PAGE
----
16th July, 1342. Dartford, England.

There was a large scale operation going on. There were rumors of a new disease in the area. They say it had come from the French, or the Germans, or even the Irish. It struck down those it infected with a rotting of the skin on the hands and legs, a splitting headache, and a high fever. None of the 58 people infected with the disease in the night survived to see the sunrise. It was spreading fast, as the nurses who had cared for the people were now desperately seeking help themselves. The lord had sent knights do deal with the problem, but it was too late. Dozens more were now infected, and there was now a large riot that needed containing. A brutal attempt at a crackdown ensued, with 38 of the 40 knights sent to contain the problem dead. This was the beginning of the Black Death plague in England, in which 88% of the population would be killed, Europe would be almost irrevocably damaged, and the chain of events began, the chain of events which would lead to the Great War I.

22nd January, 1841. Limoges, France.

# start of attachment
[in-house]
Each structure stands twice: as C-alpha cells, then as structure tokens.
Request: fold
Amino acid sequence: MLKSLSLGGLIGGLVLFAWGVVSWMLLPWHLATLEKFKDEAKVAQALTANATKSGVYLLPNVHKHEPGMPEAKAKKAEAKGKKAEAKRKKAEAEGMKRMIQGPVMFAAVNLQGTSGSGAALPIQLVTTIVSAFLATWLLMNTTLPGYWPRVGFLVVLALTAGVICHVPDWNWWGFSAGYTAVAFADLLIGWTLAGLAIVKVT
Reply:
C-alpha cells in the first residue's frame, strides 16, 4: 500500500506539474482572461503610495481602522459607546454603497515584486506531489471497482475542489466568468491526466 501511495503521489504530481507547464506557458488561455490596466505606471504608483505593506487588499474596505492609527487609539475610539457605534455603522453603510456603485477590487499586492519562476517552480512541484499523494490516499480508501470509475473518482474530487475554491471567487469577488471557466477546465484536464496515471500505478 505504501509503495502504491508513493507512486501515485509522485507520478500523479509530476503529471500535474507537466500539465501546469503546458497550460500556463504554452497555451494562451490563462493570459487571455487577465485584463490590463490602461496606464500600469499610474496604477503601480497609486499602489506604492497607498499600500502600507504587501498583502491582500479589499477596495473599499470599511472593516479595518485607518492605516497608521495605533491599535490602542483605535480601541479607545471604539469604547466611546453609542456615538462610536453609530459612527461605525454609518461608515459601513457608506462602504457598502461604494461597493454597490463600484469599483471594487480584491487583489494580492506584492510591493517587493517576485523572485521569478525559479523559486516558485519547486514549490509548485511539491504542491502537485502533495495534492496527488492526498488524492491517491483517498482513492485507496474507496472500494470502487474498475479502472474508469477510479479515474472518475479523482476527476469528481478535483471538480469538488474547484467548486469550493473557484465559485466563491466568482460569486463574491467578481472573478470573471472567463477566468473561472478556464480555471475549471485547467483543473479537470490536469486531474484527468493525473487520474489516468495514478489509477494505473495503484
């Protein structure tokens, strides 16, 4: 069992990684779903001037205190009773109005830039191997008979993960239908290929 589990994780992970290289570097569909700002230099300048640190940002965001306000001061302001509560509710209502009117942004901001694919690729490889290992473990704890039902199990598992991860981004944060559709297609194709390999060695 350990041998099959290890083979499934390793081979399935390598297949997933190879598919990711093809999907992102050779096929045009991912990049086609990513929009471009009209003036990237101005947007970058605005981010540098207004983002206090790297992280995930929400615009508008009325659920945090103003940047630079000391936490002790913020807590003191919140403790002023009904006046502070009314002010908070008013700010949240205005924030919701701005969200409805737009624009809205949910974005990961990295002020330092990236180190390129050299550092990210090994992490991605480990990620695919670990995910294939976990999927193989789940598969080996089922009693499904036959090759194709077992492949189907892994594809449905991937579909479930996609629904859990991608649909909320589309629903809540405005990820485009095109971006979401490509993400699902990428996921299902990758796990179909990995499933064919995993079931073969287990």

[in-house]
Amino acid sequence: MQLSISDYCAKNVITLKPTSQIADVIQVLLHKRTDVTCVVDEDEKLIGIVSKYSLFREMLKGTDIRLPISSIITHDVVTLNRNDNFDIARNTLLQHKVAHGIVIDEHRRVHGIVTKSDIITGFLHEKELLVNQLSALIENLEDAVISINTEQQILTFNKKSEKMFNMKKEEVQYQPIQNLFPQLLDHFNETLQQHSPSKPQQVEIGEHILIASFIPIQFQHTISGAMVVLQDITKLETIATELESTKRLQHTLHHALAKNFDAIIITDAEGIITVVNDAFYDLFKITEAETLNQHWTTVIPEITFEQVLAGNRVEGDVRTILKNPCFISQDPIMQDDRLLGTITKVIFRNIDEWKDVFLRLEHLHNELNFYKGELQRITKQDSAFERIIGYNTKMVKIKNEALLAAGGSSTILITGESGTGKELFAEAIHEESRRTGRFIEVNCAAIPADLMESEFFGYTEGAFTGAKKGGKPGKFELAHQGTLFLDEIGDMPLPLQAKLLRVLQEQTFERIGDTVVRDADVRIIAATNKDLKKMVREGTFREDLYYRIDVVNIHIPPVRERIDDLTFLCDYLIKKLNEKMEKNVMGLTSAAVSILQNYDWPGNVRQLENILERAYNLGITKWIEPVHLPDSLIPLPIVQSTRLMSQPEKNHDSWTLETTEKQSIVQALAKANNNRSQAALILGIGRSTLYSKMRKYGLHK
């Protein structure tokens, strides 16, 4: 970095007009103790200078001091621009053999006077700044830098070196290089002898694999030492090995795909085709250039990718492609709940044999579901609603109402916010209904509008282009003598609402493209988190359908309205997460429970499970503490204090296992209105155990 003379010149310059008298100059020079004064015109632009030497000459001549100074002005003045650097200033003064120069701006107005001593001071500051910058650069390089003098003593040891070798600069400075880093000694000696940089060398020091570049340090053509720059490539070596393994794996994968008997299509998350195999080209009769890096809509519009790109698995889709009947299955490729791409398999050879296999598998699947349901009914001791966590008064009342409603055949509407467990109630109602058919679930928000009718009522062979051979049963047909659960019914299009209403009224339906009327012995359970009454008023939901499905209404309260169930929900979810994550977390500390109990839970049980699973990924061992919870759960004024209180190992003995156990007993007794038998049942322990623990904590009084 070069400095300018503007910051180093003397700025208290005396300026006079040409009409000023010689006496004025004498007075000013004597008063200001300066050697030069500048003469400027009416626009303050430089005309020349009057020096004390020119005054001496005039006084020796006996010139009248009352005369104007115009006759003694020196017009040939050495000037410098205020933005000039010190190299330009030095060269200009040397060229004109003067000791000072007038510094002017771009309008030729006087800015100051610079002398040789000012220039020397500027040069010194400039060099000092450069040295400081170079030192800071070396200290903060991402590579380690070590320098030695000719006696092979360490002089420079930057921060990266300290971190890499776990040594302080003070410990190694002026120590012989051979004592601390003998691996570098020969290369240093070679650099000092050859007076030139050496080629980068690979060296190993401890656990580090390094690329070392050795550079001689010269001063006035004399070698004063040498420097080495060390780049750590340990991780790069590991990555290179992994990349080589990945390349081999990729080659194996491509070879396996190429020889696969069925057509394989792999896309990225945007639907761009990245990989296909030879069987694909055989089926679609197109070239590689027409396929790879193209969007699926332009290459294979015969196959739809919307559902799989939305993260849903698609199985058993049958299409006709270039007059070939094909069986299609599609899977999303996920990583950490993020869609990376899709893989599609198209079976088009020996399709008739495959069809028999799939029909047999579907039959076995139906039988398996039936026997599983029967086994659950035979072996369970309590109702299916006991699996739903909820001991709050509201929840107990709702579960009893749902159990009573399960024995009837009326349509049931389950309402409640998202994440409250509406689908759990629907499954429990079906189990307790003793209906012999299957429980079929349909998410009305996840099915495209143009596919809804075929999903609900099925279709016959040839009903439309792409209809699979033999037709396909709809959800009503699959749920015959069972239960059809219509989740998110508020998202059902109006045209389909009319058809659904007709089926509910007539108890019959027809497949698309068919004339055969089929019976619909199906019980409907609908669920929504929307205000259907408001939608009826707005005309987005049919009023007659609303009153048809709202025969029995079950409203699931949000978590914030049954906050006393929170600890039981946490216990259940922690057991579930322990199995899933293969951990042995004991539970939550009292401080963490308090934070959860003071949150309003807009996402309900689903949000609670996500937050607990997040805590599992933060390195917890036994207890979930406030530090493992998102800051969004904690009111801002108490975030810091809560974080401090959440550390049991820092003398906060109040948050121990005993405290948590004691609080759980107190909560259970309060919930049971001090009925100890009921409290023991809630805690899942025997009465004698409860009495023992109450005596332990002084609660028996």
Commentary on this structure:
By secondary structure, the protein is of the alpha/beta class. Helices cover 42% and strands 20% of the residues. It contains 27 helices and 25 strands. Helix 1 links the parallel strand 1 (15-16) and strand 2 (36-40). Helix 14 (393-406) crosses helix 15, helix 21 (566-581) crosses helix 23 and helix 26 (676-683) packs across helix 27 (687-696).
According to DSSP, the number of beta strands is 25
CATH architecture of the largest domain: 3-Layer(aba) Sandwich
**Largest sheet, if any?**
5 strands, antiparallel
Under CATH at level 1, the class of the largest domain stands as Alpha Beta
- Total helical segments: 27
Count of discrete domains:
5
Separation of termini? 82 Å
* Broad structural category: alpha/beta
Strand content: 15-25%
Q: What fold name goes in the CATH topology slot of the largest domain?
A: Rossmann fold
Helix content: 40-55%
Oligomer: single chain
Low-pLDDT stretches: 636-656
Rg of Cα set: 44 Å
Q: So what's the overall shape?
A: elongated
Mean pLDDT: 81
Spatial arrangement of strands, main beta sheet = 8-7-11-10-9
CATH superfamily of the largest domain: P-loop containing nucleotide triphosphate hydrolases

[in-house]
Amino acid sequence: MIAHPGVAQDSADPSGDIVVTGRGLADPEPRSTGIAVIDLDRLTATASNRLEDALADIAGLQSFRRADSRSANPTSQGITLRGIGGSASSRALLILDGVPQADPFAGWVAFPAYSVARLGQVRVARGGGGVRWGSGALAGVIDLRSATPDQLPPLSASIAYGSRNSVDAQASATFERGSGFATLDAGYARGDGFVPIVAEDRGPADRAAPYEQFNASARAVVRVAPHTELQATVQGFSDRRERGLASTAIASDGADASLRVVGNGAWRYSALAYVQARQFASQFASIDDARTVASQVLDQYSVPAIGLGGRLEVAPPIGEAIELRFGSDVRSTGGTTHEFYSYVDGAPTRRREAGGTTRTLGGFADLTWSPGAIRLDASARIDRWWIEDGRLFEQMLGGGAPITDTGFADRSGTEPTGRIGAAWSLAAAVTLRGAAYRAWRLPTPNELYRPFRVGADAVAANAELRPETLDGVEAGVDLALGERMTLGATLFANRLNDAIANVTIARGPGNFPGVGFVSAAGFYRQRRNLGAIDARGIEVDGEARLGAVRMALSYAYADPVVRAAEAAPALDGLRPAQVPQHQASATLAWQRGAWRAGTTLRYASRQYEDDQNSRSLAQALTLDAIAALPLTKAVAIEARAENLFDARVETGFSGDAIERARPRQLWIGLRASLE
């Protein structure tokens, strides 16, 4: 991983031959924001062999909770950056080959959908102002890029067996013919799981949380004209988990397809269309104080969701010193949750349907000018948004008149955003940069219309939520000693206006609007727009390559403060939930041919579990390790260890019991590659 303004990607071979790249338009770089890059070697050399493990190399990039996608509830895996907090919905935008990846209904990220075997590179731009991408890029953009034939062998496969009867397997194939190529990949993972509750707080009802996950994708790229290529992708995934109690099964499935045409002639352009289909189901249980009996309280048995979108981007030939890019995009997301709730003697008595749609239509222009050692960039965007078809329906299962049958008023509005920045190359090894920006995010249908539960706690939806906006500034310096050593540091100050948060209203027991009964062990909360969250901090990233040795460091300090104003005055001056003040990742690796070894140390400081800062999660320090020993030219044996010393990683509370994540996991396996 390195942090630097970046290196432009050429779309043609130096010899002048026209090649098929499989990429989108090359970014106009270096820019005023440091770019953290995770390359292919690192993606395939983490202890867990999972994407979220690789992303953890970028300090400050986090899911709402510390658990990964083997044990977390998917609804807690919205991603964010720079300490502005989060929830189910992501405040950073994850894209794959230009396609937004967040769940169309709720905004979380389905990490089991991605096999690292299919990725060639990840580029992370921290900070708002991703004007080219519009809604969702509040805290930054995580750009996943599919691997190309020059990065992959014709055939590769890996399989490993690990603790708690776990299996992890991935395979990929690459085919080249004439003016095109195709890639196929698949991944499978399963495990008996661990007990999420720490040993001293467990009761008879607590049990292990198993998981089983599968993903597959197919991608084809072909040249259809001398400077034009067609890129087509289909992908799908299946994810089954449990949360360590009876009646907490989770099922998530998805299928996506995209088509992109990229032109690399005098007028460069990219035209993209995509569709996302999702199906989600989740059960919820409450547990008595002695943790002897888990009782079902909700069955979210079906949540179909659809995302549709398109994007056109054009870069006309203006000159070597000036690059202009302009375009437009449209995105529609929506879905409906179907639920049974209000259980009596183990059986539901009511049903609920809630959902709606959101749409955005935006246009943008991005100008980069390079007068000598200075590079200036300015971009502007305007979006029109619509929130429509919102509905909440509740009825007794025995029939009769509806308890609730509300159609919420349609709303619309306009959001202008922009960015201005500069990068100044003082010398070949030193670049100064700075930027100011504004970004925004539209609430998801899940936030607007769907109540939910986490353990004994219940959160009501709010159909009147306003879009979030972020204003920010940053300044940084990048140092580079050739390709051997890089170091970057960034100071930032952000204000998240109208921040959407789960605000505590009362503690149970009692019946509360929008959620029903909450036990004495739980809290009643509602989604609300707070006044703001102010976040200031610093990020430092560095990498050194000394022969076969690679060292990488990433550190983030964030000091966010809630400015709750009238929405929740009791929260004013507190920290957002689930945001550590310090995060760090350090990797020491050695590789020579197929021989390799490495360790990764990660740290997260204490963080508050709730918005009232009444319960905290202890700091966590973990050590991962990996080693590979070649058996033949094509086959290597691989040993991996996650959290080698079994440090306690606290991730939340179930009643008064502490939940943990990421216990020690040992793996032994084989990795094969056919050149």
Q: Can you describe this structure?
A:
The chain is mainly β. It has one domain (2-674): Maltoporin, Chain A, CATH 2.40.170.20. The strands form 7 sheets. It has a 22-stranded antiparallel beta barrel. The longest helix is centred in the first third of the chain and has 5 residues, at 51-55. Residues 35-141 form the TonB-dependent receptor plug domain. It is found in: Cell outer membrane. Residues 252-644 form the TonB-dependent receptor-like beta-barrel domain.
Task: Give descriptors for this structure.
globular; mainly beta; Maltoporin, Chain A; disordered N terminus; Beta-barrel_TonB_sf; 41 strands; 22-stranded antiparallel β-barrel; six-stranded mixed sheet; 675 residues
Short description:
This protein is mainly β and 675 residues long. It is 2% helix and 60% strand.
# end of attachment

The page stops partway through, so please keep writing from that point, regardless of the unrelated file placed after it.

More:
Almost 500 years after the Black Death, the next large war was starting. The German nation-state of Stuttgart was pressuring the French living across the border to funnel arms and money, so that they could overtake their superior rival, Cologne. Since they would not do so, the Stuttgart council were considering sending agents into France to cause mass chaos. The agents massed in the town of Kehl, were they went by steamboat over to Strasbourg. They were caught however, and a firefight began. The town guards were overrun, and the plan of a covert terrorism operation was abandoned, in favour of brute force being used to take the whole of Eastern France. Cologne, however, seized the opportunity to take Stuttgart and strongly reinforce their position in Germany. A mass slaughter ensued, with Stuttgart, the pride of the nation-state for which it was named, burning in the night. The nation-state of Cologne, now strengthened by the conquest of Stuttgart, went on to take control of all of Germany.

29th February, 1841. Sheffield, England.

A month after the destruction of Stuttgart, Cologne had become the principal power in Germany, and was on its way to become the only power in Germany. The power struggle in Germany, and later, Europe, had greatly shaken Britain. Radical movements such as the British Communism Movement, were quickly gaining momentum. The BCM's main power base was in Sheffield and Manchester, but they had growing power in the south-west as well.

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